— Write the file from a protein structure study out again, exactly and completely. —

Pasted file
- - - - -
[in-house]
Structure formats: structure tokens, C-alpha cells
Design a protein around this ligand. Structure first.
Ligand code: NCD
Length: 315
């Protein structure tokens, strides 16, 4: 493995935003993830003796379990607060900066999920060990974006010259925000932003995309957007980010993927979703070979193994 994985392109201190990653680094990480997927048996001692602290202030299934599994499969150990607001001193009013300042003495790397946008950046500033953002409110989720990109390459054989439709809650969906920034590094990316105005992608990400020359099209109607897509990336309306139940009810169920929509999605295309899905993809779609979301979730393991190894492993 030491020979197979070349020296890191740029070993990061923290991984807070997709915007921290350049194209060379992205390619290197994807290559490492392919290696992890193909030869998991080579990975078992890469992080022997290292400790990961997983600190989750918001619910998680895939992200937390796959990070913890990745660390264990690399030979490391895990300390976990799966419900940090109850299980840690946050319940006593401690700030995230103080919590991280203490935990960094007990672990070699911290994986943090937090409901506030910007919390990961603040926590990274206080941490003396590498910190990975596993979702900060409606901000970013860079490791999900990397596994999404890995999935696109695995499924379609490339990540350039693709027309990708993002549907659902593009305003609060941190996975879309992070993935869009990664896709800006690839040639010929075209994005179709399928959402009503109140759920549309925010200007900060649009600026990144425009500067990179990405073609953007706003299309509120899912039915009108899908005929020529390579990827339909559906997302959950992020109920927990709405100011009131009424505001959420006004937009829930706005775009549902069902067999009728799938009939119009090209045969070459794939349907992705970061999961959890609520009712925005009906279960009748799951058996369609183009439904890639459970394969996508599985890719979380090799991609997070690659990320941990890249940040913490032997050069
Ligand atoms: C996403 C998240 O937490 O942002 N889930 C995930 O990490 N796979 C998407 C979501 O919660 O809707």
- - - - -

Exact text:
[in-house]
Structure formats: structure tokens, C-alpha cells
Design a protein around this ligand. Structure first.
Ligand code: NCD
Length: 315
């Protein structure tokens, strides 16, 4: 493995935003993830003796379990607060900066999920060990974006010259925000932003995309957007980010993927979703070979193994 994985392109201190990653680094990480997927048996001692602290202030299934599994499969150990607001001193009013300042003495790397946008950046500033953002409110989720990109390459054989439709809650969906920034590094990316105005992608990400020359099209109607897509990336309306139940009810169920929509999605295309899905993809779609979301979730393991190894492993 030491020979197979070349020296890191740029070993990061923290991984807070997709915007921290350049194209060379992205390619290197994807290559490492392919290696992890193909030869998991080579990975078992890469992080022997290292400790990961997983600190989750918001619910998680895939992200937390796959990070913890990745660390264990690399030979490391895990300390976990799966419900940090109850299980840690946050319940006593401690700030995230103080919590991280203490935990960094007990672990070699911290994986943090937090409901506030910007919390990961603040926590990274206080941490003396590498910190990975596993979702900060409606901000970013860079490791999900990397596994999404890995999935696109695995499924379609490339990540350039693709027309990708993002549907659902593009305003609060941190996975879309992070993935869009990664896709800006690839040639010929075209994005179709399928959402009503109140759920549309925010200007900060649009600026990144425009500067990179990405073609953007706003299309509120899912039915009108899908005929020529390579990827339909559906997302959950992020109920927990709405100011009131009424505001959420006004937009829930706005775009549902069902067999009728799938009939119009090209045969070459794939349907992705970061999961959890609520009712925005009906279960009748799951058996369609183009439904890639459970394969996508599985890719979380090799991609997070690659990320941990890249940040913490032997050069
Ligand atoms: C996403 C998240 O937490 O942002 N889930 C995930 O990490 N796979 C998407 C979501 O919660 O809707």